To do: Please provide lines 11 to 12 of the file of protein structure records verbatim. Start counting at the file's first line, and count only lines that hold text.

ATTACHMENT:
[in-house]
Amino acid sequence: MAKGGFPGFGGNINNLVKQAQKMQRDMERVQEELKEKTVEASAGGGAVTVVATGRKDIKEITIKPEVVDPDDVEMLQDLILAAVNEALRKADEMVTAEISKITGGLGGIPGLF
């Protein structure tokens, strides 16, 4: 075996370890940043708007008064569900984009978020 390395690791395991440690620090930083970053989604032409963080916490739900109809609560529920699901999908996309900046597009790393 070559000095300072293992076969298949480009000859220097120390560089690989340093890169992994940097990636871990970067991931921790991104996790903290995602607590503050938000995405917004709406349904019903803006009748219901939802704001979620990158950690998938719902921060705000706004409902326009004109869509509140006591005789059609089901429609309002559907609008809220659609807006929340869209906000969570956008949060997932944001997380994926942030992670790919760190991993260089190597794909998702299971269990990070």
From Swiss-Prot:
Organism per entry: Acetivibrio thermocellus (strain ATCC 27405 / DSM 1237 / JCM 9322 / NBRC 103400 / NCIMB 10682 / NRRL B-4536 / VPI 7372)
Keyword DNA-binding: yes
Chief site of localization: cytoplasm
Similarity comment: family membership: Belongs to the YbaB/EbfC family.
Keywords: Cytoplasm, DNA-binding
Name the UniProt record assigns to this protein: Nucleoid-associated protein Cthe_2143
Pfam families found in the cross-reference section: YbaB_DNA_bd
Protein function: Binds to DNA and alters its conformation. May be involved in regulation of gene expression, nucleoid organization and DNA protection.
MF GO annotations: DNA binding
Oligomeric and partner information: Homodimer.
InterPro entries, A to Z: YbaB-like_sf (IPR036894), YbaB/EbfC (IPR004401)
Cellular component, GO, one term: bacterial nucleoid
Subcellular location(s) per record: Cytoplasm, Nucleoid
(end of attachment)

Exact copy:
Pfam families found in the cross-reference section: YbaB_DNA_bd
Protein function: Binds to DNA and alters its conformation. May be involved in regulation of gene expression, nucleoid organization and DNA protection.